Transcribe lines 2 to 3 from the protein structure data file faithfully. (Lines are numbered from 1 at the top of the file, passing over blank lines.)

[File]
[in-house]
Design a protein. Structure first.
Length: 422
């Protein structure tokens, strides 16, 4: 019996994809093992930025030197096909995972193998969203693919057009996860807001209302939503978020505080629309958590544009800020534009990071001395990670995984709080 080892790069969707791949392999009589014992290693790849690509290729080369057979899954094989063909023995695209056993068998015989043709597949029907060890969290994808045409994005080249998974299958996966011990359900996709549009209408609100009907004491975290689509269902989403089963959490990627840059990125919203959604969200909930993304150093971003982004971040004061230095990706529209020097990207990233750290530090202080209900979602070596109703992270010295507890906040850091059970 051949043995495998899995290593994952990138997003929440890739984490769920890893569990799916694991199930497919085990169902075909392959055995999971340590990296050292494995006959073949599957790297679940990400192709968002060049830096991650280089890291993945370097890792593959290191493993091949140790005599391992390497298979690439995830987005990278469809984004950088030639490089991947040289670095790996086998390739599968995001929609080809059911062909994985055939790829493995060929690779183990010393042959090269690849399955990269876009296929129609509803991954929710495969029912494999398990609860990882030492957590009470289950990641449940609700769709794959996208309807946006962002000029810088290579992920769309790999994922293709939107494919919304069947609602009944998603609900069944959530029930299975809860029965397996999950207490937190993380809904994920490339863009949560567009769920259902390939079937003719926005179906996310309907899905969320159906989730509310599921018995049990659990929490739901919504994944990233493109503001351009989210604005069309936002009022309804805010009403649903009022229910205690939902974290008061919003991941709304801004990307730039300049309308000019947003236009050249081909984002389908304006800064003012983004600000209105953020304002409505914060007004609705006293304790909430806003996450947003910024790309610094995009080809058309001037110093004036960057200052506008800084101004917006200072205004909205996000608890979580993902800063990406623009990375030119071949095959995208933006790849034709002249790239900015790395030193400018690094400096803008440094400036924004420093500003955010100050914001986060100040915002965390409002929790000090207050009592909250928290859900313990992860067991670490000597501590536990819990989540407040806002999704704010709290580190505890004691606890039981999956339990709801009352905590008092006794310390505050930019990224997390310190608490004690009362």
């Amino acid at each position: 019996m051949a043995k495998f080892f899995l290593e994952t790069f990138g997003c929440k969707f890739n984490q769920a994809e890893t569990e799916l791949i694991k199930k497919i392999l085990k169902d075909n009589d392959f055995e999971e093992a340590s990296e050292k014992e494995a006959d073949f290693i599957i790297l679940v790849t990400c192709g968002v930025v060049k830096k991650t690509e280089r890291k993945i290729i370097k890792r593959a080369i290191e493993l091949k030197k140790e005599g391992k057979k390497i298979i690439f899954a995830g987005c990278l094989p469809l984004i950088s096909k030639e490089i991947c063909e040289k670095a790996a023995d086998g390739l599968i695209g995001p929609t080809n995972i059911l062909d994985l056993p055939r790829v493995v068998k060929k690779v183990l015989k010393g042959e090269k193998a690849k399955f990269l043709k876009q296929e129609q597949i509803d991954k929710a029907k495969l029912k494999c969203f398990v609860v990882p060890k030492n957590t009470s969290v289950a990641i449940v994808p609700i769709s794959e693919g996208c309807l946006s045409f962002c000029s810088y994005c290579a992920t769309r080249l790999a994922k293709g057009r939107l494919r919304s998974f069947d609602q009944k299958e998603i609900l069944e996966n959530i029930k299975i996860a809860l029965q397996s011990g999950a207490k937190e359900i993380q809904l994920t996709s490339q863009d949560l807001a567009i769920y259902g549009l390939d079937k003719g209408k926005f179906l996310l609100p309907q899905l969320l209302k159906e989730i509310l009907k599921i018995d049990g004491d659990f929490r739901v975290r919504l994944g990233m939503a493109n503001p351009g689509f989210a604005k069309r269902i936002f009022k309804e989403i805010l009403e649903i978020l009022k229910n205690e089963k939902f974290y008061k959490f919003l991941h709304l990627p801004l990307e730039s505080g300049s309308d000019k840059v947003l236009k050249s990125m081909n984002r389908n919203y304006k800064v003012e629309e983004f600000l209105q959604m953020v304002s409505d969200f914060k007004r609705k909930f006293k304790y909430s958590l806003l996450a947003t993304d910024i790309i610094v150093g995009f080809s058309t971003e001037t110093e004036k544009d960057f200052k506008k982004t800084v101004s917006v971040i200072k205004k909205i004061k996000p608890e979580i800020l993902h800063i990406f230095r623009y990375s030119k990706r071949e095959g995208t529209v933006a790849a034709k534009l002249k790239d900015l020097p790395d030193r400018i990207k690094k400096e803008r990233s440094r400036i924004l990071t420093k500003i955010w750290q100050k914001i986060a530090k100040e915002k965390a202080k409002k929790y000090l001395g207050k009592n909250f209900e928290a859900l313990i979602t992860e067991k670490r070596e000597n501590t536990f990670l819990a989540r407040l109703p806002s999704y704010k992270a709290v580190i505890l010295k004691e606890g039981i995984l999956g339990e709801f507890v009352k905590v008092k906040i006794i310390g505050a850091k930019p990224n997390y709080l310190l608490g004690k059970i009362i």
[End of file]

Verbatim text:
Design a protein. Structure first.
Length: 422